And in a subtle window into the investigator’s art, Comey suggested that he had refrained from sharing what he considered to be the president’s improper requests with agents working on the Russia case not only to avoid infecting their inquiry, but because he believed the president’s request was “a very disturbing development, really important to our work.” That implies that Comey feared the president’s own words and actions might eventually become the subject of official inquiry — as they presumably now have.
Comey’s humble demeanor did not keep him from defending his honor, as he hotly did at the outset of his testimony, when he confessed to confusion and ultimately outrage at the Trump administration’s shifting explanations for his firing. “Although the law required no reason at all to fire an FBI director,” he said, “the administration then chose to defame me and more importantly the FBI by saying that the organization was in disarray, that it was poorly led, that the workforce had lost confidence in its leader. Those were lies, plain and simple.”
But for the most part, Comey portrayed himself less as a threatening Torquemada than as a shocked straight arrow, struggling to cope with a president whose behavior and demeanor had unnerved and confounded him from their first meeting.
When Sen. Susan Collins (R-Maine) asked Comey to confirm that he had told Trump at their first meeting on Jan. 6 at Trump Tower that he was not the subject of any “counterintelligence investigation” into Russian meddling, Comey took some pains to say that the context was more specific. He had just briefed Trump on the contents of an unverified dossier alleging that the Russians had compromising evidence about Trump’s personal behavior.
“I was briefing him about salacious and unverified material,” Comey said. “It was in a context of that that he had a strong and defensive reaction about that not being true. My reading of it was it was important for me to assure him we were not personally investigating him.” He added, “It was very important because it was, first, true, and second, I was worried very much of being in kind of a — kind of J. Edgar Hoover-type situation. I didn’t want him thinking I was briefing him on this to sort of hang it over him in some way.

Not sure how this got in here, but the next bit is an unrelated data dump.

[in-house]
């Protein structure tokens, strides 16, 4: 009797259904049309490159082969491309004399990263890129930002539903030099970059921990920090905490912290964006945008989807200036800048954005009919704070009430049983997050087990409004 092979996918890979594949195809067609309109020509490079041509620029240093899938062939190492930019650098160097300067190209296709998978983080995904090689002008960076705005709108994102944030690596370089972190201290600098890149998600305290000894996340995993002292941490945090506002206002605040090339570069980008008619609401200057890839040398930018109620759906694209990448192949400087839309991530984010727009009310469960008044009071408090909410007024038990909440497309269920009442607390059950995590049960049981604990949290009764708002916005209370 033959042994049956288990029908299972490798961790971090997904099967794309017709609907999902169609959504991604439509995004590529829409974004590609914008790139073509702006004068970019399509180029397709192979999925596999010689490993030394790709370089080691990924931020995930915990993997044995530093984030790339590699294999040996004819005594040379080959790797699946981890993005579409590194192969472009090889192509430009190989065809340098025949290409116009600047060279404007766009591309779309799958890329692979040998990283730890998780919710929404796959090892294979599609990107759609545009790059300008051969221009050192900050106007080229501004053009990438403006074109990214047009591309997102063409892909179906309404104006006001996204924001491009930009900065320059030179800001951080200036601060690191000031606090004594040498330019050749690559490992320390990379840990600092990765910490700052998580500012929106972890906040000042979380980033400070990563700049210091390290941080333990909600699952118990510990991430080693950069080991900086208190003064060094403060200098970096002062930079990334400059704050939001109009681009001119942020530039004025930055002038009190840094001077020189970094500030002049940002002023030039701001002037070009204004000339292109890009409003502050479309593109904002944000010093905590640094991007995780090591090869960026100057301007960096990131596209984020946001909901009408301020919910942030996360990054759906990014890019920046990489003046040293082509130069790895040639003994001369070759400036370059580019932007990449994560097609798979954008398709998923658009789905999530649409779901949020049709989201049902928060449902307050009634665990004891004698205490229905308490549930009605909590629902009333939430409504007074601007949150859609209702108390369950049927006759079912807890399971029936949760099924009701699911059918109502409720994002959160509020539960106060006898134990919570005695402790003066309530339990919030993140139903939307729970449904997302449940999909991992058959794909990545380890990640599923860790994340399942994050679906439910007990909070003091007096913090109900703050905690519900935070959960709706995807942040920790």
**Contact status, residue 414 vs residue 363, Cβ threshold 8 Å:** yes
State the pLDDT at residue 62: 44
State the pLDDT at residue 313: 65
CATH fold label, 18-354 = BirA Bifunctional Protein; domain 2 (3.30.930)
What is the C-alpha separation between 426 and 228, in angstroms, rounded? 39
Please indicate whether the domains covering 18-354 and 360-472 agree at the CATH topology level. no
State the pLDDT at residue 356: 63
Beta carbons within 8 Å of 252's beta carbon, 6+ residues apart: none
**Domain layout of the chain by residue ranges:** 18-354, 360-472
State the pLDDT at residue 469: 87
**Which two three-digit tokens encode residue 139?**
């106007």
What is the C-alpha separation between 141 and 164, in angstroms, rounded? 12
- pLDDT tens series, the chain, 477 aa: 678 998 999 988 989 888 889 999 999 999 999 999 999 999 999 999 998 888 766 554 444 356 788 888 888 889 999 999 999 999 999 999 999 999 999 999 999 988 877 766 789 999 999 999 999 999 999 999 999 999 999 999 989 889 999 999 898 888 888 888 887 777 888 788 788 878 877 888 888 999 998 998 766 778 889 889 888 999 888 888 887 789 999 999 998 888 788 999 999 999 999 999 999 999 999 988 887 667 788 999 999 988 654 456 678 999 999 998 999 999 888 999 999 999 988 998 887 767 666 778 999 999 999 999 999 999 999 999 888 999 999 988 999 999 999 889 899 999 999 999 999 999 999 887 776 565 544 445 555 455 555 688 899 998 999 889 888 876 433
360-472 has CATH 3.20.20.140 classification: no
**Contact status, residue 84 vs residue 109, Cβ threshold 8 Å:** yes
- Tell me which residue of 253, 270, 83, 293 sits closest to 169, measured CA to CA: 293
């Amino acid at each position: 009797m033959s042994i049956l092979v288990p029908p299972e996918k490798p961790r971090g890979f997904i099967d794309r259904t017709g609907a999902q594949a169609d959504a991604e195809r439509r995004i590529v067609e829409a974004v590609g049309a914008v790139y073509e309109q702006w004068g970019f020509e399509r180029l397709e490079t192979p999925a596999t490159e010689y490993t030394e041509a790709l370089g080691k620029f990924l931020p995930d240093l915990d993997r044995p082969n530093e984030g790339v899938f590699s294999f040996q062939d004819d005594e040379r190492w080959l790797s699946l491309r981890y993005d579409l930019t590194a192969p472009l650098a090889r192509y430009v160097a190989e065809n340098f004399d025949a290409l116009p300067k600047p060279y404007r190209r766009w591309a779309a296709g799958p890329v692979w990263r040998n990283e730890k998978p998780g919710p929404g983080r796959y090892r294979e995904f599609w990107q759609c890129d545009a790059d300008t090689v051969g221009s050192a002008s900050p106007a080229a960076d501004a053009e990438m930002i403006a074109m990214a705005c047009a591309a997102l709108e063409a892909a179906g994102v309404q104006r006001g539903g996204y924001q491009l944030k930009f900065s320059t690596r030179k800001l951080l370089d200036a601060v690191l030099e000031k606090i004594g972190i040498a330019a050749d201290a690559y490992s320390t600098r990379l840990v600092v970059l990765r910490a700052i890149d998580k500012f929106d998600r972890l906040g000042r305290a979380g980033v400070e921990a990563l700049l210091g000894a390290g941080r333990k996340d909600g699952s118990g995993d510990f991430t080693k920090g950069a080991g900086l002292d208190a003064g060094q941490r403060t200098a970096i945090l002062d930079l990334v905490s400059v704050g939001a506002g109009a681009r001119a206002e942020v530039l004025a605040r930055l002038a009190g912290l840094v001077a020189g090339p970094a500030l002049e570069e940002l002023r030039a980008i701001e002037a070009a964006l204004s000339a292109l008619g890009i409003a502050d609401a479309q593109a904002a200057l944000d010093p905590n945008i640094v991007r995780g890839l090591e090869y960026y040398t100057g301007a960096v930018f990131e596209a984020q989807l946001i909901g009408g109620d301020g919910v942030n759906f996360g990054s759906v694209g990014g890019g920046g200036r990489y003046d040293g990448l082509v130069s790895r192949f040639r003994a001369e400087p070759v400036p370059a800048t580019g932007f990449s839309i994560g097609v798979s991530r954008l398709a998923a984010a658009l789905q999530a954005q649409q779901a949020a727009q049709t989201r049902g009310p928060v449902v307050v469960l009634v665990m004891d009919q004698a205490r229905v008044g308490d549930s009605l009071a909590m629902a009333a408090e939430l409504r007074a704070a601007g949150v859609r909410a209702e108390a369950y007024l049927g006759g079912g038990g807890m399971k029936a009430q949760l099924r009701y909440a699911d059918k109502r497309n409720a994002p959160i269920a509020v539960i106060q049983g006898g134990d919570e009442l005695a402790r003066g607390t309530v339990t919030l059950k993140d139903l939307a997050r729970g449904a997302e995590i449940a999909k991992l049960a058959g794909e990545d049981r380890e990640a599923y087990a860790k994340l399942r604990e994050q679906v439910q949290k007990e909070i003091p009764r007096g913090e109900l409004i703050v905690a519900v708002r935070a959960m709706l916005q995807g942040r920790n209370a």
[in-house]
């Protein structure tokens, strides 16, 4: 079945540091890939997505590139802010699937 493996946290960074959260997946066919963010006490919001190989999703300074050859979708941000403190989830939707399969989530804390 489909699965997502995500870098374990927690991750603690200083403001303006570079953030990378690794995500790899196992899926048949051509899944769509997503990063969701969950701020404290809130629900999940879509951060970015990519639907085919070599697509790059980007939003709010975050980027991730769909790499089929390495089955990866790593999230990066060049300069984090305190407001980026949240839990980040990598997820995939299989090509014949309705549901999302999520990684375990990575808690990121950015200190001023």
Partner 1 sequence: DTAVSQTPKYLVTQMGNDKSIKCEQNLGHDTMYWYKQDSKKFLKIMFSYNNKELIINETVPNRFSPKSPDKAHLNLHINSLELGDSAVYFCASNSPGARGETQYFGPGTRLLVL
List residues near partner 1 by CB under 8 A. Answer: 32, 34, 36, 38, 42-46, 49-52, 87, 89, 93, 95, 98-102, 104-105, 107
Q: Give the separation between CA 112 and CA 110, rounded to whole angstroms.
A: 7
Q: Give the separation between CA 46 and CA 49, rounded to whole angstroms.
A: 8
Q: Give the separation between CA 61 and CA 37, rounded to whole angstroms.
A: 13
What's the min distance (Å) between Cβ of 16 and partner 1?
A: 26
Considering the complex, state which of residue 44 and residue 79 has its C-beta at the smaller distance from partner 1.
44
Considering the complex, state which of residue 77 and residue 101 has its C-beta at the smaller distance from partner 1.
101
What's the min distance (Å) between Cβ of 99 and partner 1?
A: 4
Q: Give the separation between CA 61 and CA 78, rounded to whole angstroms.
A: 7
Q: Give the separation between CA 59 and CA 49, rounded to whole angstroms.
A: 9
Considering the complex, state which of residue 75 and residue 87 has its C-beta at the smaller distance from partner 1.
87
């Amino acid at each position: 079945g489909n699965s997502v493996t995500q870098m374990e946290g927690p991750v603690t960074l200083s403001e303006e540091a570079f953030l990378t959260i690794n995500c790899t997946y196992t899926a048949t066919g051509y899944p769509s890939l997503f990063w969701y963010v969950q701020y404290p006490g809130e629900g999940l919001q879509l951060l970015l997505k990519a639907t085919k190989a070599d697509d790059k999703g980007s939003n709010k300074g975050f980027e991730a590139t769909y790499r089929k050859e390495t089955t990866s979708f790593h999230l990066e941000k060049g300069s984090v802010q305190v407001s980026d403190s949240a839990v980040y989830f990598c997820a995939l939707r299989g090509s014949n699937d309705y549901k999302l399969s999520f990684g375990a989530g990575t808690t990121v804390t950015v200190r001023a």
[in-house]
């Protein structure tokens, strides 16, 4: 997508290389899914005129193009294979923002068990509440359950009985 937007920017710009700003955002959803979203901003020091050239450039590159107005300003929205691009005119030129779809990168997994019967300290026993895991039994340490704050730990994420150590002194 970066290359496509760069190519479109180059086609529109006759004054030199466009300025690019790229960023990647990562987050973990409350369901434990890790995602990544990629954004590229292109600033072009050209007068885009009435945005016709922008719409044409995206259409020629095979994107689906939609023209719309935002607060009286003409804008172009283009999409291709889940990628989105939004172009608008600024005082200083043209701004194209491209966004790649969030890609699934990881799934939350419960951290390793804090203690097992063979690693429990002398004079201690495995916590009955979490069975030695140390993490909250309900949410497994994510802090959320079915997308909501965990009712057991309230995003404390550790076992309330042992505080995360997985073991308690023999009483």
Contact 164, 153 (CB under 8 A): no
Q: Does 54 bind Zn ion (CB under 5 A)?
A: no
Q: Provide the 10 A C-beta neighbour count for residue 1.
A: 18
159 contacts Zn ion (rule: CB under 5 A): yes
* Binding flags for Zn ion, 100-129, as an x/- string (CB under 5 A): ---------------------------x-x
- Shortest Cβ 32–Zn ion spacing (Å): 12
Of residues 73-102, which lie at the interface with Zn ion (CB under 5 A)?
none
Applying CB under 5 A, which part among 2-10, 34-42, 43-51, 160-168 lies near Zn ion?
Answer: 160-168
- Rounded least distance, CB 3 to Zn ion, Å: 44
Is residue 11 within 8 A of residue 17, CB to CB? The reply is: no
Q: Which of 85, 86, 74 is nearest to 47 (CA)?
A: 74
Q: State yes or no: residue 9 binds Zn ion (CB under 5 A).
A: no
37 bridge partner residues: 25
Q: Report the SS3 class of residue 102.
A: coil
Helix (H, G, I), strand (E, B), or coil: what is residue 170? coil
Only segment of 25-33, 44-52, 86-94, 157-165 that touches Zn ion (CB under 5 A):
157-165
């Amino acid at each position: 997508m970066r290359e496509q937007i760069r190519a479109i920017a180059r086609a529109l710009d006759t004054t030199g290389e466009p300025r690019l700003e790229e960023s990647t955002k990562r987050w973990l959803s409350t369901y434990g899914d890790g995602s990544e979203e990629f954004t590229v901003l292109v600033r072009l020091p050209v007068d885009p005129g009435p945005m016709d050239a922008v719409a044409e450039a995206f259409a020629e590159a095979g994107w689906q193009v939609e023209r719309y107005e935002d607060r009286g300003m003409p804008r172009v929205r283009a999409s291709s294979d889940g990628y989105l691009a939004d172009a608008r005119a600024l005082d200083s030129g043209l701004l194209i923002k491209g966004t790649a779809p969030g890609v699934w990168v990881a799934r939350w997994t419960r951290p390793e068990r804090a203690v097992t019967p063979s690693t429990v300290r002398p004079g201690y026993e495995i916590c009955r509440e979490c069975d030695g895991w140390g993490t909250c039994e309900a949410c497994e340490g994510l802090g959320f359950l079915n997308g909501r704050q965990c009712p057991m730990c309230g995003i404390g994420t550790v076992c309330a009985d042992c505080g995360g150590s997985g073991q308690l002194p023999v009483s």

Hoover, who ran the FBI for just shy of 48 years, was well known for keeping secret files that he used to intimidate a range of politicians and public figures.
At another point, Feinstein wanted to know why Comey had not rejected Trump’s request about Flynn out of hand.
“Now, here’s the question,” she said. “You’re big, you’re strong. I know the Oval Office and I know what happens to people when they walk in. There is a certain amount of intimidation. But why didn’t you stop and say, ‘Mr. President, this is wrong. I cannot discuss this with you.”
“It’s a great question,” Comey replied. “Maybe if I were stronger, I would have. I was so stunned by the conversation that I just took it in.”
When Feinstein asked Comey why he had told Trump in a March 30 phone conversation that he would see what he could do about getting the word out that Trump was not personally under investigation, Comey again suggested his response had been nothing to brag about.
“It was kind of a cowardly way of trying to avoid telling him, we’re not going to do that,” he said. “That I would see what we could do. It was a way of kind of getting off the phone, frankly, and then I turned and handed it to the acting deputy attorney general.”
Comey made it clear that he was still smarting from the firestorm of criticism that greeted his handling of the investigation into Hillary Clinton’s private email server last year, acknowledging that “it caused a whole lot of personal pain for me.” But he insisted that, even knowing all he knows now, he would not have handled the matter differently. He acknowledged that Clinton herself might have fired him if she had won.
In an answer to Sen. Joe Manchin (D-W.Va.), about whether Trump had ever expressed serious concern about the underlying issue at hand — the deliberate Russian interference in last year’s election — Comey turned passionate, displaying more emotion than in any other response.
“The reason this is such a big deal,” he said. “We have this big messy wonderful country where we fight with each other all the time. But nobody tells us what to think, what to fight about, what to vote for except other Americans. And that’s wonderful and often painful. But we’re talking about a foreign government that using technical intrusion, lots of other methods tried to shape the way we think, we vote, we act. That is a big deal. And people need to recognize it. It’s not about Republicans or Democrats. They’re coming after America, which I hope we all love equally.”
For at least a fleeting moment, that seemed to be a statement on which all members of the committee might agree.